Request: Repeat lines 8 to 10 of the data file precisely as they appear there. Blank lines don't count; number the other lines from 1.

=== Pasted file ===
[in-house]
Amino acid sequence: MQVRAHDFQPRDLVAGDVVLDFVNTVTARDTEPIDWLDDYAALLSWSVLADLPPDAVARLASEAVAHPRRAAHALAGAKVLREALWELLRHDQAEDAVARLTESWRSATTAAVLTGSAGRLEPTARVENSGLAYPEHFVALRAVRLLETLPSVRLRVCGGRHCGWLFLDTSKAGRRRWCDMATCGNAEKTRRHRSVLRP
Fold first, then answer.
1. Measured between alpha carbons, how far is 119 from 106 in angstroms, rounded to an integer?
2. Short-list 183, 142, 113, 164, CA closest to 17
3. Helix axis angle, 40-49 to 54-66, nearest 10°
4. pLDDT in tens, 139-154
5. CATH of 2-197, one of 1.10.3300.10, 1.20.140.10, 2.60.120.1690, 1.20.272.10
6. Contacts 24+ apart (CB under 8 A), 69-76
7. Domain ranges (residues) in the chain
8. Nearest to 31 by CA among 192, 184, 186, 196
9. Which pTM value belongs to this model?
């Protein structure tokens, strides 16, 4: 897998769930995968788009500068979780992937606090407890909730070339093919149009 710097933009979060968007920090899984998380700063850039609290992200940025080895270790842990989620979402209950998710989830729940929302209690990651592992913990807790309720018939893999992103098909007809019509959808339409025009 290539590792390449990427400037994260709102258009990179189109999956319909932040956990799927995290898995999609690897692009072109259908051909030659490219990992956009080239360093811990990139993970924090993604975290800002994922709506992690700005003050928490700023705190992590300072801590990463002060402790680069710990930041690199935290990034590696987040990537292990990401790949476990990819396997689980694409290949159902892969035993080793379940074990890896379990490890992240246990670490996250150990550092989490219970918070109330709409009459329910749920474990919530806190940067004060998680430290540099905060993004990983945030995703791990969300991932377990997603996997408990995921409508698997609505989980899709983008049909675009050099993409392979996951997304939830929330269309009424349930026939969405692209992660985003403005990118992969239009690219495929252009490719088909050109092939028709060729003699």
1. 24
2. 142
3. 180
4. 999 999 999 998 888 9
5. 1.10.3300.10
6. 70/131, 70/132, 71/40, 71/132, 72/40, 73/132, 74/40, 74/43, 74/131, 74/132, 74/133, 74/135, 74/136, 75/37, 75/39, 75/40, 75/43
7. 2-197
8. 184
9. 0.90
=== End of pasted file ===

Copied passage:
5. CATH of 2-197, one of 1.10.3300.10, 1.20.140.10, 2.60.120.1690, 1.20.272.10
6. Contacts 24+ apart (CB under 8 A), 69-76
7. Domain ranges (residues) in the chain